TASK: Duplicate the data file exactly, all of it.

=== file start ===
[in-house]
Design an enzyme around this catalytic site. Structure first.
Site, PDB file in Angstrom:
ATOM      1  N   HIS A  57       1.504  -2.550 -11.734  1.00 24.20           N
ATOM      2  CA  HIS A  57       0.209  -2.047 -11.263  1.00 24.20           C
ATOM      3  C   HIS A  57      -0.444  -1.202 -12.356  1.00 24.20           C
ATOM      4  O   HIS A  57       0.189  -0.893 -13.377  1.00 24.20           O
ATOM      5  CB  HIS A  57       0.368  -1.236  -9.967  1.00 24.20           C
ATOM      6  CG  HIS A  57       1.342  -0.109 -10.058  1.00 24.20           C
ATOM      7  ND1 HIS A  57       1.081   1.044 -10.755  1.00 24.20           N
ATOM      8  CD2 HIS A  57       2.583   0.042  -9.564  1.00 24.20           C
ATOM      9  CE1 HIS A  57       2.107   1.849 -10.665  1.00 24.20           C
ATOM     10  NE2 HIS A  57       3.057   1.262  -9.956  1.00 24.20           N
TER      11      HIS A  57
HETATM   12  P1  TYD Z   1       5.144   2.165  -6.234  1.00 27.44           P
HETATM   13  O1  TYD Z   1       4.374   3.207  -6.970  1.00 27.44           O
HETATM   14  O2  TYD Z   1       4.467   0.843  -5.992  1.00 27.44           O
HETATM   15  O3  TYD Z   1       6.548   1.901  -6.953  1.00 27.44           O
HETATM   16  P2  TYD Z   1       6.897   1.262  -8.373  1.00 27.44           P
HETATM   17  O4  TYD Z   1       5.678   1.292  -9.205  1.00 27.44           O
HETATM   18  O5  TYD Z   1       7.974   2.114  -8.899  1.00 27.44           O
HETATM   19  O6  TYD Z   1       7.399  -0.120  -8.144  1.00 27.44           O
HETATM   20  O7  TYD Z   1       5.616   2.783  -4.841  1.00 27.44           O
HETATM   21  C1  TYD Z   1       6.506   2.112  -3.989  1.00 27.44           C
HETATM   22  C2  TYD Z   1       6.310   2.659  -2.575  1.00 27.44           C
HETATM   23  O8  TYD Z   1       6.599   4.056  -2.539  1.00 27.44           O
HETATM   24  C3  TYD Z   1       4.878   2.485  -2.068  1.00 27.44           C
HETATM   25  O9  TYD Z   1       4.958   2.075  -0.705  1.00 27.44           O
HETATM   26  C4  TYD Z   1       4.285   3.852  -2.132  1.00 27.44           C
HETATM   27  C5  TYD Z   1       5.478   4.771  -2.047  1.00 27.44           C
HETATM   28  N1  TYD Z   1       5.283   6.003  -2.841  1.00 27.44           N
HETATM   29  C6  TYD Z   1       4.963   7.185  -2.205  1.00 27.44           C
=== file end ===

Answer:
[in-house]
Design an enzyme around this catalytic site. Structure first.
Site, PDB file in Angstrom:
ATOM      1  N   HIS A  57       1.504  -2.550 -11.734  1.00 24.20           N
ATOM      2  CA  HIS A  57       0.209  -2.047 -11.263  1.00 24.20           C
ATOM      3  C   HIS A  57      -0.444  -1.202 -12.356  1.00 24.20           C
ATOM      4  O   HIS A  57       0.189  -0.893 -13.377  1.00 24.20           O
ATOM      5  CB  HIS A  57       0.368  -1.236  -9.967  1.00 24.20           C
ATOM      6  CG  HIS A  57       1.342  -0.109 -10.058  1.00 24.20           C
ATOM      7  ND1 HIS A  57       1.081   1.044 -10.755  1.00 24.20           N
ATOM      8  CD2 HIS A  57       2.583   0.042  -9.564  1.00 24.20           C
ATOM      9  CE1 HIS A  57       2.107   1.849 -10.665  1.00 24.20           C
ATOM     10  NE2 HIS A  57       3.057   1.262  -9.956  1.00 24.20           N
TER      11      HIS A  57
HETATM   12  P1  TYD Z   1       5.144   2.165  -6.234  1.00 27.44           P
HETATM   13  O1  TYD Z   1       4.374   3.207  -6.970  1.00 27.44           O
HETATM   14  O2  TYD Z   1       4.467   0.843  -5.992  1.00 27.44           O
HETATM   15  O3  TYD Z   1       6.548   1.901  -6.953  1.00 27.44           O
HETATM   16  P2  TYD Z   1       6.897   1.262  -8.373  1.00 27.44           P
HETATM   17  O4  TYD Z   1       5.678   1.292  -9.205  1.00 27.44           O
HETATM   18  O5  TYD Z   1       7.974   2.114  -8.899  1.00 27.44           O
HETATM   19  O6  TYD Z   1       7.399  -0.120  -8.144  1.00 27.44           O
HETATM   20  O7  TYD Z   1       5.616   2.783  -4.841  1.00 27.44           O
HETATM   21  C1  TYD Z   1       6.506   2.112  -3.989  1.00 27.44           C
HETATM   22  C2  TYD Z   1       6.310   2.659  -2.575  1.00 27.44           C
HETATM   23  O8  TYD Z   1       6.599   4.056  -2.539  1.00 27.44           O
HETATM   24  C3  TYD Z   1       4.878   2.485  -2.068  1.00 27.44           C
HETATM   25  O9  TYD Z   1       4.958   2.075  -0.705  1.00 27.44           O
HETATM   26  C4  TYD Z   1       4.285   3.852  -2.132  1.00 27.44           C
HETATM   27  C5  TYD Z   1       5.478   4.771  -2.047  1.00 27.44           C
HETATM   28  N1  TYD Z   1       5.283   6.003  -2.841  1.00 27.44           N
HETATM   29  C6  TYD Z   1       4.963   7.185  -2.205  1.00 27.44           C